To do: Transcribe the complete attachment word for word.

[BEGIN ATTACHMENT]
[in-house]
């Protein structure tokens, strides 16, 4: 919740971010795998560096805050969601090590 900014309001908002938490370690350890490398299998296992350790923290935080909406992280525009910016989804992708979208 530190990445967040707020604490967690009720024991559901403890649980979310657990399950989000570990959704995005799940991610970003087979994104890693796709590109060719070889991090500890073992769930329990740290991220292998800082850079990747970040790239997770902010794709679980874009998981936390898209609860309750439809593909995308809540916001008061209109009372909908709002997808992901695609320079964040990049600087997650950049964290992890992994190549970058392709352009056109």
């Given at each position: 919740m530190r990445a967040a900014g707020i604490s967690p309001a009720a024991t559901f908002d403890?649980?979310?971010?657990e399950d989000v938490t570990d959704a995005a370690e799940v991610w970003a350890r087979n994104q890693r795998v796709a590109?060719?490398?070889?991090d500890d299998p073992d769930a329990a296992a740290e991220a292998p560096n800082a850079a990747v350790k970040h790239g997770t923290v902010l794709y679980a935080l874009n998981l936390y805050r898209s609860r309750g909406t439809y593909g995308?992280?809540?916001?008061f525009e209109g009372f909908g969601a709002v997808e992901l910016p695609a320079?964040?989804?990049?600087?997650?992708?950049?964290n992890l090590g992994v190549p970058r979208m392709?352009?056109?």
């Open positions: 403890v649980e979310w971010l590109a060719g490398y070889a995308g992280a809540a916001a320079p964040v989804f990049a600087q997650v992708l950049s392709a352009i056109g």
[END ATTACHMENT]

[in-house]
């Protein structure tokens, strides 16, 4: 919740971010795998560096805050969601090590 900014309001908002938490370690350890490398299998296992350790923290935080909406992280525009910016989804992708979208 530190990445967040707020604490967690009720024991559901403890649980979310657990399950989000570990959704995005799940991610970003087979994104890693796709590109060719070889991090500890073992769930329990740290991220292998800082850079990747970040790239997770902010794709679980874009998981936390898209609860309750439809593909995308809540916001008061209109009372909908709002997808992901695609320079964040990049600087997650950049964290992890992994190549970058392709352009056109």
């Given at each position: 919740m530190r990445a967040a900014g707020i604490s967690p309001a009720a024991t559901f908002d403890?649980?979310?971010?657990e399950d989000v938490t570990d959704a995005a370690e799940v991610w970003a350890r087979n994104q890693r795998v796709a590109?060719?490398?070889?991090d500890d299998p073992d769930a329990a296992a740290e991220a292998p560096n800082a850079a990747v350790k970040h790239g997770t923290v902010l794709y679980a935080l874009n998981l936390y805050r898209s609860r309750g909406t439809y593909g995308?992280?809540?916001?008061f525009e209109g009372f909908g969601a709002v997808e992901l910016p695609a320079?964040?989804?990049?600087?997650?992708?950049?964290n992890l090590g992994v190549p970058r979208m392709?352009?056109?």
């Open positions: 403890v649980e979310w971010l590109a060719g490398y070889a995308g992280a809540a916001a320079p964040v989804f990049a600087q997650v992708l950049s392709a352009i056109g």